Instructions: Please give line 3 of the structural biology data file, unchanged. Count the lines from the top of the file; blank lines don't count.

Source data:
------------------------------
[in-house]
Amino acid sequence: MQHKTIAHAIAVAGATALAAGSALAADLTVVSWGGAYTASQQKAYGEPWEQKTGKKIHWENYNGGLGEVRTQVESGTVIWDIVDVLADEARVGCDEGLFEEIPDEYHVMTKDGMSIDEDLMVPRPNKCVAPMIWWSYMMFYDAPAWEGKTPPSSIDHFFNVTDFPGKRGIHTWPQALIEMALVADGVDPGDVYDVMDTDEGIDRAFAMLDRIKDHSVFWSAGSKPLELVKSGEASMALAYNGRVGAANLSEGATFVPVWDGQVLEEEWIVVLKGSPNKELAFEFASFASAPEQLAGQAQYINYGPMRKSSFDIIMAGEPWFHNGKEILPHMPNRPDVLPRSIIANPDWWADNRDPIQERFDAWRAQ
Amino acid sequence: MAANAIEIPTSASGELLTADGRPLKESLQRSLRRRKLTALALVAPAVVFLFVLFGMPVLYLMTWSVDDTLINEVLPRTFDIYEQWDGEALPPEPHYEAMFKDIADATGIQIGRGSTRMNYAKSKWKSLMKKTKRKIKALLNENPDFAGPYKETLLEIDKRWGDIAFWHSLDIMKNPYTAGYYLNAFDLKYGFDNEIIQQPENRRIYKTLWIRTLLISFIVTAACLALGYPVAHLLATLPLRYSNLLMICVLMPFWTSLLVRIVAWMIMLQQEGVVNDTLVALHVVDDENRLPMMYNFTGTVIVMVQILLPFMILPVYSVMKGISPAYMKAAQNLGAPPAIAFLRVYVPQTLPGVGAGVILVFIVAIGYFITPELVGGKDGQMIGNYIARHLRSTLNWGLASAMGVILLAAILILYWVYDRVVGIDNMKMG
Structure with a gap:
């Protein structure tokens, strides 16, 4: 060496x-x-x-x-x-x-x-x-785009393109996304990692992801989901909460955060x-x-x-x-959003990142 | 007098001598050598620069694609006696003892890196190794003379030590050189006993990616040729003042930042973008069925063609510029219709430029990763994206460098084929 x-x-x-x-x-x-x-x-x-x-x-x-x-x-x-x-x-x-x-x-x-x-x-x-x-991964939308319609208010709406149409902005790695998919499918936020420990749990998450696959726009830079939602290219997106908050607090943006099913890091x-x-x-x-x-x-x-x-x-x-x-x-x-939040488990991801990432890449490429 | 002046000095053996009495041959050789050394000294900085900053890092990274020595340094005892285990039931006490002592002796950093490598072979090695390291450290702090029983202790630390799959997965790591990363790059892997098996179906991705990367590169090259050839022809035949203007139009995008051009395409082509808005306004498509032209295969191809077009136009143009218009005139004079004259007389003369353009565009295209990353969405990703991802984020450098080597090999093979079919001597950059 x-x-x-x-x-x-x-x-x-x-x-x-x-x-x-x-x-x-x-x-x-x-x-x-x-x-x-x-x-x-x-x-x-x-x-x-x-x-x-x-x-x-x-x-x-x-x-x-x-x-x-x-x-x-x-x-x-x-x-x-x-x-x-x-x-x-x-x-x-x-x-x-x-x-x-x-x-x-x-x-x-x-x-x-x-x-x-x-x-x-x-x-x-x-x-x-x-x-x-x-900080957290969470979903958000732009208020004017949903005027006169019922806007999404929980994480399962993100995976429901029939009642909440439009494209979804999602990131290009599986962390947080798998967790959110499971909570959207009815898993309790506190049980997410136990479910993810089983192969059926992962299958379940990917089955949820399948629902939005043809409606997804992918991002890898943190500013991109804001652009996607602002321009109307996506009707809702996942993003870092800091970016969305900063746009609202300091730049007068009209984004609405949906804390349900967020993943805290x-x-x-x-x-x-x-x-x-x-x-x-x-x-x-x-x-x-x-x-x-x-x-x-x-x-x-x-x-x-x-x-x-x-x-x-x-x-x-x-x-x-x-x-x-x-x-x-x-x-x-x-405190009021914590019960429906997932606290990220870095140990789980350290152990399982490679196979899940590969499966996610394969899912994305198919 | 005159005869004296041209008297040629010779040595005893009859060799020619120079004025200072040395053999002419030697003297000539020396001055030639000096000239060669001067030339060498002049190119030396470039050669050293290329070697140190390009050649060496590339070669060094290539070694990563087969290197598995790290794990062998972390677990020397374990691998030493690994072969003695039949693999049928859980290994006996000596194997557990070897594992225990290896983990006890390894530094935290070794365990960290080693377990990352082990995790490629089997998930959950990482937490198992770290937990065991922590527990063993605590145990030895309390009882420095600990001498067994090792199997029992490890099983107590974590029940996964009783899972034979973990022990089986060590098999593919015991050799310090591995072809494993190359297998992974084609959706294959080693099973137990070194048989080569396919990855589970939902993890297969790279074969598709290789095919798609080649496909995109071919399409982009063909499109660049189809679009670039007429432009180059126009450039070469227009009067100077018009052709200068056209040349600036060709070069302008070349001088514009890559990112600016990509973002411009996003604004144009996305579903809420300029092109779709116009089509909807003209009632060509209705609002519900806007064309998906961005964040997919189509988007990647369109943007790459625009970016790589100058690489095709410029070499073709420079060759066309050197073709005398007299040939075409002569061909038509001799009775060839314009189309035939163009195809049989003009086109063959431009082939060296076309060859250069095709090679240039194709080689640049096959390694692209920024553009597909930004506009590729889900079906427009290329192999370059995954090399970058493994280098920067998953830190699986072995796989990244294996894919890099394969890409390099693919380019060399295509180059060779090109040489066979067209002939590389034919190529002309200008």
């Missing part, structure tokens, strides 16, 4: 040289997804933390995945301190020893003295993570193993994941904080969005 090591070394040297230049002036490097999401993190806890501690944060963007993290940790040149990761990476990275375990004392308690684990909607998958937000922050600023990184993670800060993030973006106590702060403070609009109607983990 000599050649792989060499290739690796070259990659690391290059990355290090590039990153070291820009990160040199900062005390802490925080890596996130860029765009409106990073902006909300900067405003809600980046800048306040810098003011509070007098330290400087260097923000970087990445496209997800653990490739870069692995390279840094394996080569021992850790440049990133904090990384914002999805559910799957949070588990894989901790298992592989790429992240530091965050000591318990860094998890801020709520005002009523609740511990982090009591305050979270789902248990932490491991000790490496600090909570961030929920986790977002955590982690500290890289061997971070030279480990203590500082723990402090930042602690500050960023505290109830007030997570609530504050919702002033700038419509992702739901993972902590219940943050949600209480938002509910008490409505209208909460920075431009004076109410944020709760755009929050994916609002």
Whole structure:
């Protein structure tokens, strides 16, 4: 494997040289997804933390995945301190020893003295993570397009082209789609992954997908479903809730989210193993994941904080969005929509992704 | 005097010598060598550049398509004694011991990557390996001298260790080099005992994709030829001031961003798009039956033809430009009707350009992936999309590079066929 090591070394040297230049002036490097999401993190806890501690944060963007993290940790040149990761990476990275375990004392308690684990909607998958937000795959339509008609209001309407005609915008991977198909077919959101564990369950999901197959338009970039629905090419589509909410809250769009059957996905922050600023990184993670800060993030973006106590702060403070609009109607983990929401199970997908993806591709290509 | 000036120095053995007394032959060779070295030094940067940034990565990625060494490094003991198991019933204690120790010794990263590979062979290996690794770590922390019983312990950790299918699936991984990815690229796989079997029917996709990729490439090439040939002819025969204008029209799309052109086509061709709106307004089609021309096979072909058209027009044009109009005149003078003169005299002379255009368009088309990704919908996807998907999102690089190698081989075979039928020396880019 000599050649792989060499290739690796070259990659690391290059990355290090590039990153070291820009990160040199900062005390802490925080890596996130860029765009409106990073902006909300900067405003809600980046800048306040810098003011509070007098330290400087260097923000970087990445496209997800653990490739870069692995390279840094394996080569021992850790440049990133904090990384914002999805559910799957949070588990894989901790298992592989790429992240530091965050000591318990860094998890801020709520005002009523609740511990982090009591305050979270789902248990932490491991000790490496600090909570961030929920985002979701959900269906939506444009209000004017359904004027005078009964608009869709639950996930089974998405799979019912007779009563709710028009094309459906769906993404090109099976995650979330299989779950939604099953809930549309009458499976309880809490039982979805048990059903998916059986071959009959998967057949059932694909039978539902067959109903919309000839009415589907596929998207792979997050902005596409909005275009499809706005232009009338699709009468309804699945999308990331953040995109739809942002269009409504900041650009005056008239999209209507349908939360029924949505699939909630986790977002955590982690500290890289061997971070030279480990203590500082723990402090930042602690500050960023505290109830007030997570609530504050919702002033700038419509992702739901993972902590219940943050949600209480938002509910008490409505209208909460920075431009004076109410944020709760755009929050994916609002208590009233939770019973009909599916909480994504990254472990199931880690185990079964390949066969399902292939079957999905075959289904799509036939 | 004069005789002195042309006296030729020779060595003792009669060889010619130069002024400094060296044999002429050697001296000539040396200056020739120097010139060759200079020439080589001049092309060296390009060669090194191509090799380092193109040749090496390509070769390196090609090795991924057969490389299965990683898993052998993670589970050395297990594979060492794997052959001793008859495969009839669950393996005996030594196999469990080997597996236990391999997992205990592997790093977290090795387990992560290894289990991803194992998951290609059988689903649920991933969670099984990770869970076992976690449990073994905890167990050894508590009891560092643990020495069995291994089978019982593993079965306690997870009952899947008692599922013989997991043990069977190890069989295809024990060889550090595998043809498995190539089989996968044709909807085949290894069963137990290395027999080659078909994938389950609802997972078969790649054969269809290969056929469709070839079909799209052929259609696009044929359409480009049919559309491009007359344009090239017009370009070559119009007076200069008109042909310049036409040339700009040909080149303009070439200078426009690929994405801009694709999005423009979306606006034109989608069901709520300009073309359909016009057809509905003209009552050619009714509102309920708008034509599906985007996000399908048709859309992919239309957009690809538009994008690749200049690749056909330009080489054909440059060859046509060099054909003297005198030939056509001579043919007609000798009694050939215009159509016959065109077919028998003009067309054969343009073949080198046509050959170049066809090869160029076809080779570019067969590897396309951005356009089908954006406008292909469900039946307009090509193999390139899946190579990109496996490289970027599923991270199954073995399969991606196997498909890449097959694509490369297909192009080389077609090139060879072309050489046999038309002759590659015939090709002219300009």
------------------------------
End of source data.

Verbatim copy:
Amino acid sequence: MAANAIEIPTSASGELLTADGRPLKESLQRSLRRRKLTALALVAPAVVFLFVLFGMPVLYLMTWSVDDTLINEVLPRTFDIYEQWDGEALPPEPHYEAMFKDIADATGIQIGRGSTRMNYAKSKWKSLMKKTKRKIKALLNENPDFAGPYKETLLEIDKRWGDIAFWHSLDIMKNPYTAGYYLNAFDLKYGFDNEIIQQPENRRIYKTLWIRTLLISFIVTAACLALGYPVAHLLATLPLRYSNLLMICVLMPFWTSLLVRIVAWMIMLQQEGVVNDTLVALHVVDDENRLPMMYNFTGTVIVMVQILLPFMILPVYSVMKGISPAYMKAAQNLGAPPAIAFLRVYVPQTLPGVGAGVILVFIVAIGYFITPELVGGKDGQMIGNYIARHLRSTLNWGLASAMGVILLAAILILYWVYDRVVGIDNMKMG